UTA Researcher Gets $3.3 Million to Study Cardiovascular Disease, Including Gender’s Role

An assistant professor of kinesiology at the university of Texas at Arlington, Michael Nelson, has secured a five-year, $3.3 million grant to study the link between fat storage in the heart and cardiovascular disease. He’ll also look at how gender influences the development of cardiac dysfunction. The grant comes from the National Institutes of Health. Here’s Nelson and UTA with more about the genesis of the project: “You’re not supposed to store fat in the heart, but patients who suffer from obesity, diabetes or heart disease tend to store more fat in the heart,” Nelson said. “This excess fat is… Full Story

Texas Tech Pharmacy Program to Move All Four Years to DFW

The Texas Tech University Health Sciences Center School of Pharmacy will move all four years of its program to Dallas-Fort Worth. The area has been home to years three and four since 1999, including partnering with 240 hospitals, clinics, and pharmacies. But students have traditionally had to move to Amarillo, Abilene, or Lubbock for their first two years. About half of the program’s enrollment comes from DFW and surrounding areas, but TTUHSC President Tedd Mitchell said in a statement that qualified candidates have been left on the table due to their inability to relocate. “So bringing all four years of… Full Story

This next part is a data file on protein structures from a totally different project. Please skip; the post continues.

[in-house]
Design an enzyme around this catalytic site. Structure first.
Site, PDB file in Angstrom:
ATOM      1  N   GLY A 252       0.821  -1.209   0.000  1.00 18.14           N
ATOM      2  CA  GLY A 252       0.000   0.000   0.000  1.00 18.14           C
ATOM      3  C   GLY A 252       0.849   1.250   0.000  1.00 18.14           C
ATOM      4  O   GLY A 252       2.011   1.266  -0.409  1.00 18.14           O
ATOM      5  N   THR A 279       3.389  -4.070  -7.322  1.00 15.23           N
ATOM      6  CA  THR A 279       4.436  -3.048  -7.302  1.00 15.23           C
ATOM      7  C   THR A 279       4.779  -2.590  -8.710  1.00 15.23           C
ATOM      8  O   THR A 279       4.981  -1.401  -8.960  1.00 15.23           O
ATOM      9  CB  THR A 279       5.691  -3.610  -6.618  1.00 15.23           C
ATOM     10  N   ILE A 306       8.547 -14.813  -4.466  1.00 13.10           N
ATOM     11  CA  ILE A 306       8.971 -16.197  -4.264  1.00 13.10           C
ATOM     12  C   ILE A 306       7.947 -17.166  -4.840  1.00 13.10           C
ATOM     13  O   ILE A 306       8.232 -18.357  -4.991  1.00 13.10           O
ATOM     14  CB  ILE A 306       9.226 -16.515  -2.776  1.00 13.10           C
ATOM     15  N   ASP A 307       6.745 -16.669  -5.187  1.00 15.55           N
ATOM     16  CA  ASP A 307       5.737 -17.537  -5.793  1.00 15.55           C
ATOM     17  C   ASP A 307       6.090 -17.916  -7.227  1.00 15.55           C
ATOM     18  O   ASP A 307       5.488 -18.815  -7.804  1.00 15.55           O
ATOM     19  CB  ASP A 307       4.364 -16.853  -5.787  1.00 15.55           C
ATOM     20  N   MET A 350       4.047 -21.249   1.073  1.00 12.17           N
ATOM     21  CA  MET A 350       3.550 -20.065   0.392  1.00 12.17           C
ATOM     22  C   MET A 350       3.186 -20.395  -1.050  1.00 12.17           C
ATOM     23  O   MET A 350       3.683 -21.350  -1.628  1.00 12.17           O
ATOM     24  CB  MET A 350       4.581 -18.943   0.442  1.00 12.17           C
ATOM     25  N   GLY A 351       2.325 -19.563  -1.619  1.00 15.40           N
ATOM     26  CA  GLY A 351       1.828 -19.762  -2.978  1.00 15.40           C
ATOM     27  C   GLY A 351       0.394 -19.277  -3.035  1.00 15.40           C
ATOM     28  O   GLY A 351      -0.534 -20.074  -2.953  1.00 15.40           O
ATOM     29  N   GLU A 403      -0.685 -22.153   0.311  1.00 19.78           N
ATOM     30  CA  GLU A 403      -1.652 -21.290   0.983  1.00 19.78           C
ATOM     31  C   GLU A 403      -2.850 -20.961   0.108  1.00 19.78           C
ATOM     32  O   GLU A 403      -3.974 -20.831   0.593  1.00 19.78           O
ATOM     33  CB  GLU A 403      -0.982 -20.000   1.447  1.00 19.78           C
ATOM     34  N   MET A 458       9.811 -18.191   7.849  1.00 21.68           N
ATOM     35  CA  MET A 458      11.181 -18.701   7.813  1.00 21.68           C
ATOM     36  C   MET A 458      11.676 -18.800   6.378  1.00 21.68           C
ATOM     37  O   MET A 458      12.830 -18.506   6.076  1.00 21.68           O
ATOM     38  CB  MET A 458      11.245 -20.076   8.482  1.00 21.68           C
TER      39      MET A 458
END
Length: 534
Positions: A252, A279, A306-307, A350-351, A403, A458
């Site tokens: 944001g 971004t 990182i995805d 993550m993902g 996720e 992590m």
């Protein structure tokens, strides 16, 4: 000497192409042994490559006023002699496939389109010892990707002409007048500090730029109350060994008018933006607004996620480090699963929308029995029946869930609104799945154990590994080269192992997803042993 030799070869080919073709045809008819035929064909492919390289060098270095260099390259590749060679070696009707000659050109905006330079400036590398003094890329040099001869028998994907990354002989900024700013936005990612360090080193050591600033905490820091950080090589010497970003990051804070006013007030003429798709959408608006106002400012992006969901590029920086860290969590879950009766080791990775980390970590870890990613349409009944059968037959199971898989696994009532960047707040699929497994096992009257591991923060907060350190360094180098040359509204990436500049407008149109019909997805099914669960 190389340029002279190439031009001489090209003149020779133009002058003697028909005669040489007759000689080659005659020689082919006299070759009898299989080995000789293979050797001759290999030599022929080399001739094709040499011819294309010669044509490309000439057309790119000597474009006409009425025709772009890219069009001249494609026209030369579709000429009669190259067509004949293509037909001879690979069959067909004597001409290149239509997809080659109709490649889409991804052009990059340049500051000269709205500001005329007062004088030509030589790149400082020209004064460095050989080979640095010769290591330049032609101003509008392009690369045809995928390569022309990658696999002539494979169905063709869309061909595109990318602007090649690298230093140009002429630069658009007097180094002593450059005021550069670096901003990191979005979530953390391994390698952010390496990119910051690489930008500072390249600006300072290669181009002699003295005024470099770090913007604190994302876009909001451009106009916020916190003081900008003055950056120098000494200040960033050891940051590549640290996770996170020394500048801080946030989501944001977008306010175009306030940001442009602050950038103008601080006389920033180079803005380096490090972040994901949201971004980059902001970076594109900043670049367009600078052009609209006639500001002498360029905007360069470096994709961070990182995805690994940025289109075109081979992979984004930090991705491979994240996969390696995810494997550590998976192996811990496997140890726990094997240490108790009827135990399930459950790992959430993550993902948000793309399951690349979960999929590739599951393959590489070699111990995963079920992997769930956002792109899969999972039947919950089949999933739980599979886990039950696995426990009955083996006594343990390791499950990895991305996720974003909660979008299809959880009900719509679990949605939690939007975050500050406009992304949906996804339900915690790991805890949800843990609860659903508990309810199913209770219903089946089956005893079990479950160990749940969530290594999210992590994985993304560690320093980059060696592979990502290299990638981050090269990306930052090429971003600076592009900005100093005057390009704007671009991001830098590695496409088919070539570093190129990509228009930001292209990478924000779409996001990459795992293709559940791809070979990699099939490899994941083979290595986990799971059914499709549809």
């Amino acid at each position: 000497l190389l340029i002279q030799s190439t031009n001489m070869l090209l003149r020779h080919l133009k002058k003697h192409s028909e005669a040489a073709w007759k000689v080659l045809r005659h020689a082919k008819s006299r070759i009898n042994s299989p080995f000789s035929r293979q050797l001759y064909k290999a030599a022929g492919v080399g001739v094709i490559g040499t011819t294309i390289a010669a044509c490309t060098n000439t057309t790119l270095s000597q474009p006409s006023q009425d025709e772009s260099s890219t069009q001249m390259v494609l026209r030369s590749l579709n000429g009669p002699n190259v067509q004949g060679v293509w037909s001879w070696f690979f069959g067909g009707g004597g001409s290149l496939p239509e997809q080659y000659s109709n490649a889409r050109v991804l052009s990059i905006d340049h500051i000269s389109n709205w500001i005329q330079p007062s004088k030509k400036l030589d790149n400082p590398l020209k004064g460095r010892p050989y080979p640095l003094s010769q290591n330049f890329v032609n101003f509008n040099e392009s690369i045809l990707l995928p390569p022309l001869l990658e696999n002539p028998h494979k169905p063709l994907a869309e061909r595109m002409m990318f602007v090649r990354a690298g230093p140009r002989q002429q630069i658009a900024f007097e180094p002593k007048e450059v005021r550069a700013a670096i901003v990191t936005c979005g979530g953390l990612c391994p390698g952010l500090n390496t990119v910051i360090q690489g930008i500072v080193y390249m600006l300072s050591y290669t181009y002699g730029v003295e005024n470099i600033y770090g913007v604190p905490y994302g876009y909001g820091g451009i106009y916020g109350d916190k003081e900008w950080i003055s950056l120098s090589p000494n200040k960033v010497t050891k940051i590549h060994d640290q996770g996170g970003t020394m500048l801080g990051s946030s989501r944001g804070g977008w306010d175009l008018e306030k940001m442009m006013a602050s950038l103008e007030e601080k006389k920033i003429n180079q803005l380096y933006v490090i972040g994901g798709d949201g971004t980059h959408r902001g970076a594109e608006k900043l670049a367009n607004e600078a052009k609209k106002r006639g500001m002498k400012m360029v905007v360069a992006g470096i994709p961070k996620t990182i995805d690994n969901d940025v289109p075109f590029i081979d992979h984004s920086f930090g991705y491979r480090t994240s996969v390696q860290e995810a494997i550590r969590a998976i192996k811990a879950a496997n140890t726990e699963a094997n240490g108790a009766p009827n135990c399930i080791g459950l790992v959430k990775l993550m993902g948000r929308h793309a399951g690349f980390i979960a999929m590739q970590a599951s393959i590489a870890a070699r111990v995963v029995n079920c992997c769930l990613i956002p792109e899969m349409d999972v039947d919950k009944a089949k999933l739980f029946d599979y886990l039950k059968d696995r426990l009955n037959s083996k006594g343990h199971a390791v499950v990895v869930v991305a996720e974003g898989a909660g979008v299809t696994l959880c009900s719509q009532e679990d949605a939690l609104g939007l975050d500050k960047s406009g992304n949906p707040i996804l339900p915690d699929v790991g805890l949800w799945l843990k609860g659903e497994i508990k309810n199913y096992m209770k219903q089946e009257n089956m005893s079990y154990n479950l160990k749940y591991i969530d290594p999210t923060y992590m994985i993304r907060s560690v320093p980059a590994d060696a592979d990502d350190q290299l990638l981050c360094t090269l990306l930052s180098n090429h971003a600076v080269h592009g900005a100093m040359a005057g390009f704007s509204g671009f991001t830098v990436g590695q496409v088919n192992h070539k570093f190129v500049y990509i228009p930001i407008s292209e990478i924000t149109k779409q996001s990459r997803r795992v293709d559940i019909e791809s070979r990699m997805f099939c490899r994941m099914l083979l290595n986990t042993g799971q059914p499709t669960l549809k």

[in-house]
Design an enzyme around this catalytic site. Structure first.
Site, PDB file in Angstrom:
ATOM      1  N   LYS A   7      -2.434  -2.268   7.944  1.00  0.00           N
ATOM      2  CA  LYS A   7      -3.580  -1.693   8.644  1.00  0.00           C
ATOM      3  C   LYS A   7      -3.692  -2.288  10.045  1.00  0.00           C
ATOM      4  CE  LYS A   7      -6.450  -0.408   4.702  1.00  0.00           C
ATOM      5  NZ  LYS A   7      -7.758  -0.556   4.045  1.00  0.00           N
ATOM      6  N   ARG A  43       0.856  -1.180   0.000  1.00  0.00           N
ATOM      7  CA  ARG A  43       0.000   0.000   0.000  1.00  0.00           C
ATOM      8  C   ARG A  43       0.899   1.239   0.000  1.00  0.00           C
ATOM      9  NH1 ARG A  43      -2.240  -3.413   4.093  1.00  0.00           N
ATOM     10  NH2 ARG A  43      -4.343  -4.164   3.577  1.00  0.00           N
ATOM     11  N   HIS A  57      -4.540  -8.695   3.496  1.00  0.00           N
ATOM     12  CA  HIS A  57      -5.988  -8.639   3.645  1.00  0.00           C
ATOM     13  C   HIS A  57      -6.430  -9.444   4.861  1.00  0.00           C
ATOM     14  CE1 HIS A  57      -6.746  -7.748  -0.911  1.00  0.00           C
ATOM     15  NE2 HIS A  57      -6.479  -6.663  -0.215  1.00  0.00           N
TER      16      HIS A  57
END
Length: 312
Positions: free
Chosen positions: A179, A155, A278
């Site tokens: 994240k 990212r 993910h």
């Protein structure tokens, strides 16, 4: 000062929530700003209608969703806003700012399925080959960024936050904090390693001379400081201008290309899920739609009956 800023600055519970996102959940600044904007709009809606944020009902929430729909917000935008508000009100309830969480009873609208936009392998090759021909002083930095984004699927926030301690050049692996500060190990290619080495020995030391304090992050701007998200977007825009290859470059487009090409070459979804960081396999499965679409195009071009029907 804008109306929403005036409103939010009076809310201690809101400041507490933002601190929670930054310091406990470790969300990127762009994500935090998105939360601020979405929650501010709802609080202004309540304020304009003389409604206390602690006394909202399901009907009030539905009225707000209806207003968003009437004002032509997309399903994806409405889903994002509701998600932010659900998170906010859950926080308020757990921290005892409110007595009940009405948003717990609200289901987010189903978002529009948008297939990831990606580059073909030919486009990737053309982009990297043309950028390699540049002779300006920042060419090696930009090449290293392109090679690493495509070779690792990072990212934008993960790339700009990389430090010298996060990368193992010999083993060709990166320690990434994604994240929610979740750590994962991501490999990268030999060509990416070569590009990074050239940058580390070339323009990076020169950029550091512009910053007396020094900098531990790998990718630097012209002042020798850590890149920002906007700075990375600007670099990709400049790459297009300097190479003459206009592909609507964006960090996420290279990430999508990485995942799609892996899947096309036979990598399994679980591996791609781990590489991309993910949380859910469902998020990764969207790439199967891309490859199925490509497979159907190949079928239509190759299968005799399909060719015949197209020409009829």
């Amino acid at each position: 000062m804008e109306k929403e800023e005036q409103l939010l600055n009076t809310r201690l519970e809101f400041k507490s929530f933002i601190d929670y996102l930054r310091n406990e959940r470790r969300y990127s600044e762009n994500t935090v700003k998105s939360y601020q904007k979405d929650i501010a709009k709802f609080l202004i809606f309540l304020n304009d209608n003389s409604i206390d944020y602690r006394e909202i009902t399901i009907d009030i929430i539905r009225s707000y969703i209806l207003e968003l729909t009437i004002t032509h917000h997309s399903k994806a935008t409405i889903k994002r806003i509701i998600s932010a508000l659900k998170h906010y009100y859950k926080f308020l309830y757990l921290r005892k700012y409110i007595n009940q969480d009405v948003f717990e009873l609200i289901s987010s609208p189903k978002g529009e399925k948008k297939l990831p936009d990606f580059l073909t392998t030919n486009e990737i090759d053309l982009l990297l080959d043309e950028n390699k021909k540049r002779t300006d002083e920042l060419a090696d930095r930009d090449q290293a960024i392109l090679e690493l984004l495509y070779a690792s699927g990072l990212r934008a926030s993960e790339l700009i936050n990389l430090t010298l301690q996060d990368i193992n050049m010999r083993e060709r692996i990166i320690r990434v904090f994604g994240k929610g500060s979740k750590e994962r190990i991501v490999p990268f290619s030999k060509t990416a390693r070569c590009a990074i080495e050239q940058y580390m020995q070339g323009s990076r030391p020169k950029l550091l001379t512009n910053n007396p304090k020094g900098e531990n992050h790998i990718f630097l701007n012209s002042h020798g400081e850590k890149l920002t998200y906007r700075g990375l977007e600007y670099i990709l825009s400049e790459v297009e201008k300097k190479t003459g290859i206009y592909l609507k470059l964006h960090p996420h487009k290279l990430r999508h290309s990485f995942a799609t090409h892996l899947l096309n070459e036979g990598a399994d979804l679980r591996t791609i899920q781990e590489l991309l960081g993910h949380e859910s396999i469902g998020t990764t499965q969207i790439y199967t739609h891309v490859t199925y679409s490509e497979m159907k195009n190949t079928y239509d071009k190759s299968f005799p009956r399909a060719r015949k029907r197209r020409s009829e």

Parkland Program for Correctional Health Nurses is First of its Kind

Parkland is creating highly-skilled nurses fit specifically for the world of correctional health with a 12-week course the hospital says is the only one like it in the country. The Correctional Health Nursing Residency program, offered through Parkland’s Clinical Education department, combines classroom instruction and clinical experience with a mentor. It’s offered twice a year and trains nurses on the full spectrum of correctional health, from juvenile services to psychiatric services. Parkland took over healthcare for inmates at the Dallas County Jail in 2006. Dallas County Sheriffs Deputies are always on hand when patients are being treated, and very few… Full Story

Meet the 2016 Winner of UT Southwestern’s Most Prestigious Student Accolade

Dr. Samuel Parnell, the winner of UT Southwestern’s most prestigious student accolade, considered being a crocodile hunter and a preacher and an engineer before he came to medicine. Eventually he whittled away the first two choices, ultimately earning an undergraduate degree in chemical engineering but completing the requirements for pre-med. Engineering simply doesn’t have the human element that he craved. He found it while interning for a Houston cardiologist. Full Story